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Chas Sisk / WPLN

LGBT rights organizations have been amping up their opposition to a number of bills in the Tennessee state legislature.

Chas Sisk / WPLN

Tennesseans paid their final respects to former state Sen. Douglas Henry Thursday, as the Democratic lawmaker was laid in state at the Capitol. It's a rare honor that's been afforded fewer than a dozen times in the building's 150-year history.

Scores of mourners were on hand as an honor guard opened the doors to the legislature's ceremonial lounge. Henry's body lay in a casket draped with the Tennessee flag. Behind it were three more state flags, flanked by the American flag and the official flag of the General Assembly.

Tennessee General Assembly

Tennessee lawmakers heard emotional testimony Wednesday on the subject of abortion — from a mother who says she had no choice but to end her pregnancy in the second trimester.

Emily Siner / WPLN

Some in Tennessee's congressional delegation are reserving full judgment about the new health care plan proposed by House Republicans.

Chas Sisk / WPLN

A plan to make transgender students use the bathroom of their birth sex has been put on hold — possibly for good.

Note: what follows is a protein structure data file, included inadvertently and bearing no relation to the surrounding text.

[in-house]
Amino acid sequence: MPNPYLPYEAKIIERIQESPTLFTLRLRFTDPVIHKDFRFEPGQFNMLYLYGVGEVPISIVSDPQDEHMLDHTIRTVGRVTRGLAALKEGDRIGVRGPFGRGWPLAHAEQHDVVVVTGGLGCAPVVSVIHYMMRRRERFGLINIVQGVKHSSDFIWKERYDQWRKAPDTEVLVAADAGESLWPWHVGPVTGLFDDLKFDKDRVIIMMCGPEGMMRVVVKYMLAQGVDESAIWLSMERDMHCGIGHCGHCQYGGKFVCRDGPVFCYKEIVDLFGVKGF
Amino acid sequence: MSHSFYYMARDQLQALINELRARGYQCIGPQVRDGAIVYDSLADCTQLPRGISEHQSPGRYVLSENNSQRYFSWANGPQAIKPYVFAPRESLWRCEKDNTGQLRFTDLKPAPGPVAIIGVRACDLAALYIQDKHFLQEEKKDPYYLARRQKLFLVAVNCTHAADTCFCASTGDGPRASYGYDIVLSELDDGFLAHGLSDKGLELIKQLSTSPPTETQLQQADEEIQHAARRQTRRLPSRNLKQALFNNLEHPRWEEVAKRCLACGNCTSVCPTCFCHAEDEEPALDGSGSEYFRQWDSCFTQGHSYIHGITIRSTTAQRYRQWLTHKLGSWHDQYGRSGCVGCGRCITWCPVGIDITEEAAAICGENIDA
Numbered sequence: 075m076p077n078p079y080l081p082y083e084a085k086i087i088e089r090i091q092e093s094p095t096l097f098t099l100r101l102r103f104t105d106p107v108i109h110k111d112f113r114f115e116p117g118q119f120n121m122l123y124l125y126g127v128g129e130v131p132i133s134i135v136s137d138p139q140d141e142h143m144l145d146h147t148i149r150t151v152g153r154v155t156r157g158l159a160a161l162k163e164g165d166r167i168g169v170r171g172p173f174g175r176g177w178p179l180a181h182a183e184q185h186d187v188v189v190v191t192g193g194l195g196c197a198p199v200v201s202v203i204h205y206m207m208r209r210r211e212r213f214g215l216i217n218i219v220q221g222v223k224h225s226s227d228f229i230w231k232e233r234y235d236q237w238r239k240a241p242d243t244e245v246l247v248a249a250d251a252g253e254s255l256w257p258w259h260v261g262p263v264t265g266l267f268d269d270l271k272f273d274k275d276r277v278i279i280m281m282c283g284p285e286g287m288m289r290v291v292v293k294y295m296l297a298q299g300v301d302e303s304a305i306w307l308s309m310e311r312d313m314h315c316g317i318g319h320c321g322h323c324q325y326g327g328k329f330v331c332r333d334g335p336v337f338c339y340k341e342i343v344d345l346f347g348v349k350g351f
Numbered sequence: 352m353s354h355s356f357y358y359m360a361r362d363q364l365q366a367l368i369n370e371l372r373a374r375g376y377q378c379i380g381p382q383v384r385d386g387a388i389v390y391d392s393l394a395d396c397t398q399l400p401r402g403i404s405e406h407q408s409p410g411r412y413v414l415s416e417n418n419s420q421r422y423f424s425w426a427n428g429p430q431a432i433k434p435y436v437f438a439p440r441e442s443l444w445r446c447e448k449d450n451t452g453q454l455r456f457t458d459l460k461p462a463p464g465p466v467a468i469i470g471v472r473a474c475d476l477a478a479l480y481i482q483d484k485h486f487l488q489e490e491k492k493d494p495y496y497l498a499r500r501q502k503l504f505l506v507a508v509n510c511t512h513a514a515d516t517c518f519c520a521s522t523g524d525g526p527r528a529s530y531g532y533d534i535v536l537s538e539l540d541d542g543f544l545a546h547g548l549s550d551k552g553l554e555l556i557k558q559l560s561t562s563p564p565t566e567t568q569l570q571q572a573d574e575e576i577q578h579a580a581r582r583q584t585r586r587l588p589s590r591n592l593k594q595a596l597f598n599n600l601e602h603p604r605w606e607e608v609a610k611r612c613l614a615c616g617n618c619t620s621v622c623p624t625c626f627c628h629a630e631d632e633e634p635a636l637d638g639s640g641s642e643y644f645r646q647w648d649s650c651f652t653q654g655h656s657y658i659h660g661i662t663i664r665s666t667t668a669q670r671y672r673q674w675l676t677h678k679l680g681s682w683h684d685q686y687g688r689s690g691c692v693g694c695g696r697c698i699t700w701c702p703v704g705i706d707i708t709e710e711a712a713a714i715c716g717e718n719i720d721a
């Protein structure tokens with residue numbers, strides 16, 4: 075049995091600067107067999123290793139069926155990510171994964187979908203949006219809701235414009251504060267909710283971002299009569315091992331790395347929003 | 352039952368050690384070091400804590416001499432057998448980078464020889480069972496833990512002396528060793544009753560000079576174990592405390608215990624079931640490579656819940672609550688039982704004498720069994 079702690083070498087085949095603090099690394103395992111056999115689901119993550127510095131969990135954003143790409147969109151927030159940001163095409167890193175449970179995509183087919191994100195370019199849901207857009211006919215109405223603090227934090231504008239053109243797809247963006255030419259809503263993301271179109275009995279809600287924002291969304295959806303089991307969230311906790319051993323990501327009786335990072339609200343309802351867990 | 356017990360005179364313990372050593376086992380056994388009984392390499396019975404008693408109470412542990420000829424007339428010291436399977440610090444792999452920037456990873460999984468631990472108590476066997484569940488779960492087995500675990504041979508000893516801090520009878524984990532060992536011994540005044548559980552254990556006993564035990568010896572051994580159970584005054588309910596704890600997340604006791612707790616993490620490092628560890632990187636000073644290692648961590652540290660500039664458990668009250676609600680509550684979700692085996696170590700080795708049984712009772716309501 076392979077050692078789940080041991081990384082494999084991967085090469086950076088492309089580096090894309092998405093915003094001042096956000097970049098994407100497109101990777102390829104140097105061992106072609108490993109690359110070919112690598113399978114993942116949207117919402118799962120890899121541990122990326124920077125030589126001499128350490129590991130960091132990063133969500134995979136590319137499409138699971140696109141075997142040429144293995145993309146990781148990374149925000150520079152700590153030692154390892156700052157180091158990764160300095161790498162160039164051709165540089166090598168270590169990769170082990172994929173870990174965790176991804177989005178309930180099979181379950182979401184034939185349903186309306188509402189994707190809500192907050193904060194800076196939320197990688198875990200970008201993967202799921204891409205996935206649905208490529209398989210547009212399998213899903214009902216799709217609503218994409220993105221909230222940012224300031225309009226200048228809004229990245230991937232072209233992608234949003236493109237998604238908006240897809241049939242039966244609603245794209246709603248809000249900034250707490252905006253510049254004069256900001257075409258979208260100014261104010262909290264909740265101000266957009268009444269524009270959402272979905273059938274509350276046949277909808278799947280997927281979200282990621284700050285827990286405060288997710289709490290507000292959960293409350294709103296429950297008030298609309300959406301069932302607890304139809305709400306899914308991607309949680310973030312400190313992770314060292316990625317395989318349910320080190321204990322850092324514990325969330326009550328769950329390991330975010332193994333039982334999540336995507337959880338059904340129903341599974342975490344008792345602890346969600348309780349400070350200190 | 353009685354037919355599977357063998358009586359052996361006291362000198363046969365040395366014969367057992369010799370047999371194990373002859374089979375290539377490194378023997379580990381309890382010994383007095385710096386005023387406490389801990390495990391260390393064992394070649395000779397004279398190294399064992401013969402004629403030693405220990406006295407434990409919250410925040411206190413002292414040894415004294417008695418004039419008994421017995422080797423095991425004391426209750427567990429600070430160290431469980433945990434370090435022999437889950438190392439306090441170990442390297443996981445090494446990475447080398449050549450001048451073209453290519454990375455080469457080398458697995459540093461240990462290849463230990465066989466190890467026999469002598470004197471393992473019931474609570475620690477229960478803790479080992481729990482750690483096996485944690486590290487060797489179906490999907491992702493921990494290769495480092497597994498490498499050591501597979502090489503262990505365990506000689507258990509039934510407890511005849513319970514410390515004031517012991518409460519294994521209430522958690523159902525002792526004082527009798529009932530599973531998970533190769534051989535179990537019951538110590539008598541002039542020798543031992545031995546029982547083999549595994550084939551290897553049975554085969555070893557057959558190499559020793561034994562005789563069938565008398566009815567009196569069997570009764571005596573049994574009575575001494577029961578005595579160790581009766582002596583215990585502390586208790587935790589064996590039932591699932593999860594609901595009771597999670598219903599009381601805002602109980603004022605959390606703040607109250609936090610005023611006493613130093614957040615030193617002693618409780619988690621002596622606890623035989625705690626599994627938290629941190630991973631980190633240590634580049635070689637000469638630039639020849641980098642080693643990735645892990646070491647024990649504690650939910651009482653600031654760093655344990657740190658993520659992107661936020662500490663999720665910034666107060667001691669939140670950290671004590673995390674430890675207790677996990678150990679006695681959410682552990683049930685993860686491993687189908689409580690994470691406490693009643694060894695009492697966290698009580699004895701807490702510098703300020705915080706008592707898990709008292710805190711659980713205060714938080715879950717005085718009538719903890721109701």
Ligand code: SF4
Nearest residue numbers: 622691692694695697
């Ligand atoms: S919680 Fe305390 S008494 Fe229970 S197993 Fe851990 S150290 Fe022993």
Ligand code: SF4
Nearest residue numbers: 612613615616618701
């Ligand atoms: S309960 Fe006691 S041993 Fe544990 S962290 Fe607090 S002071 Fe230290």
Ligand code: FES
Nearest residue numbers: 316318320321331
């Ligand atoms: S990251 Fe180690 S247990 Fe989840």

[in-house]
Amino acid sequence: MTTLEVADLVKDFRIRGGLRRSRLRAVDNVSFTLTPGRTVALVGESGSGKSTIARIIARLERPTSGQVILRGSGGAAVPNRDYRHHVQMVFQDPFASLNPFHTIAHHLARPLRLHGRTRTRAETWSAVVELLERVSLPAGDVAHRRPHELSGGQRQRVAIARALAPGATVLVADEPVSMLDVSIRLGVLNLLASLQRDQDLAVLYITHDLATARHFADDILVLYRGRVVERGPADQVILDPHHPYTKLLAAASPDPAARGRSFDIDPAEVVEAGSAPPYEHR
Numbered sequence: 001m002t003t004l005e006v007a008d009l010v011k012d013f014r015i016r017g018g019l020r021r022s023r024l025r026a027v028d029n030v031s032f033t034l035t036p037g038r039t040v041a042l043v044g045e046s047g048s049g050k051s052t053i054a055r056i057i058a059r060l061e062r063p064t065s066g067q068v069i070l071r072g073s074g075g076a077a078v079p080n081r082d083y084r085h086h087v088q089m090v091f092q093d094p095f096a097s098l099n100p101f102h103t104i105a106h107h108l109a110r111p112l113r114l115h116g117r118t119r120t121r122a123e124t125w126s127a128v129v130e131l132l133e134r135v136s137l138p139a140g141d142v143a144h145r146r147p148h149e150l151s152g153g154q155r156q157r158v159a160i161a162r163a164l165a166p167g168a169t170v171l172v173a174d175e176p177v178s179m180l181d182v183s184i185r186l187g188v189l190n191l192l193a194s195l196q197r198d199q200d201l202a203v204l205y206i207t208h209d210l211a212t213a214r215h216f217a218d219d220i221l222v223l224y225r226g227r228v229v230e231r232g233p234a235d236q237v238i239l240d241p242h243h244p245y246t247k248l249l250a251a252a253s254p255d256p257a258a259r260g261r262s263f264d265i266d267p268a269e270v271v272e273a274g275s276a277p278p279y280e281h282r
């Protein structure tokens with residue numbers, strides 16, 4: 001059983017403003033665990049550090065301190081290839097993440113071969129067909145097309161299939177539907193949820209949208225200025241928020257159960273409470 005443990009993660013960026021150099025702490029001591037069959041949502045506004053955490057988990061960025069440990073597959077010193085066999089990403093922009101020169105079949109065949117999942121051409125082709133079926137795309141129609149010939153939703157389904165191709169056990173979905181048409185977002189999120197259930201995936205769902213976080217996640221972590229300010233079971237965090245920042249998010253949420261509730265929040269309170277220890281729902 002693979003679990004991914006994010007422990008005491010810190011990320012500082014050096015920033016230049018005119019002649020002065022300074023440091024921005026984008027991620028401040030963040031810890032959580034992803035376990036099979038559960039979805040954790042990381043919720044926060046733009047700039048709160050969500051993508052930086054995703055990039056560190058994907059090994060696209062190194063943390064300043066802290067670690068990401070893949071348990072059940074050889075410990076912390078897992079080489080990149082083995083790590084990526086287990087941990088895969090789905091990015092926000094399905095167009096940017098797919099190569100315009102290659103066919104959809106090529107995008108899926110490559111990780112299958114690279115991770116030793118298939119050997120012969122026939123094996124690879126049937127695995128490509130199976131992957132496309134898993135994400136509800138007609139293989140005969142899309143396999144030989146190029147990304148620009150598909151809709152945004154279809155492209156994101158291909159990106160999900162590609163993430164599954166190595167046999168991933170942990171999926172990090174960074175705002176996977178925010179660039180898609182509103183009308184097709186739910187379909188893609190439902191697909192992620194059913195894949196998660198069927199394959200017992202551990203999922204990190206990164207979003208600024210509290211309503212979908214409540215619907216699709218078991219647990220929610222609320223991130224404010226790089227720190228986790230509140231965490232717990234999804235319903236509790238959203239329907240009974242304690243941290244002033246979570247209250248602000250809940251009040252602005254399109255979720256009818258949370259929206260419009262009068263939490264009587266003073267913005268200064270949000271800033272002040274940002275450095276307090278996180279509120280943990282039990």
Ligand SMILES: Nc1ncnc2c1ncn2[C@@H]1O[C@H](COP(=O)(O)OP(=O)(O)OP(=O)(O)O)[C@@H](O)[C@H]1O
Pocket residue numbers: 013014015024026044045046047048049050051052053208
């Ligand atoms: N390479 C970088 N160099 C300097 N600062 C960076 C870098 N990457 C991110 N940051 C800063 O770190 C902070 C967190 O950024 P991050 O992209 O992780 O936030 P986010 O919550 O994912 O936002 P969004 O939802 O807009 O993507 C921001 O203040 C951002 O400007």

The move comes amid a rapidly changing legal landscape for transgender people. The bill's sponsor, state Rep. Mark Pody, cited that evolving debate over transgender rights as he withdrew his measure.

TN Photo Services

Douglas Henry was still early in his Senate career when the subject of legalizing marijuana came up.

The Nashville Democrat, who died late Sunday night at age 90, had no experience with cannabis. So he decided to rectify that the only way he knew how.

He bought a joint.

TN Photo Services (file)

No one in the history of Tennessee served in its state legislature longer than Douglas Henry. The Democratic lawmaker represented West Nashville for nearly half a century. But that was just one of the ways Henry, who died Sunday night at age 90, showed his love for his native state.

The gathering was not quite as big as organizers would have liked, but a hearty crowd — wearing "Make America Great Again" hats and robed in red, white and blue — showed their support for President Trump outside the Tennessee capitol Saturday. The event coincided with similar rallies in cities across the country, including Knoxville.

Stephen Jerkins / WPLN (File photo)

A proposal to ban abortions after the detection of a heartbeat has been on the agenda of Tennessee lawmakers.

It’s a divisive issue. But the main opponent might not be who you expect — Tennessee Right to Life.

Tyler Stubenhofer / via Flickr

In one of several signs of trouble for the idea, Tennessee's attorney general says a proposed ban on abortions once a heartbeat can be detected is "constitutionally suspect." The proposal was debated this week in the state legislature.

From the Office of the Attorney General, sent to Senate Judiciary Committee Chairman Brian Kelsey:

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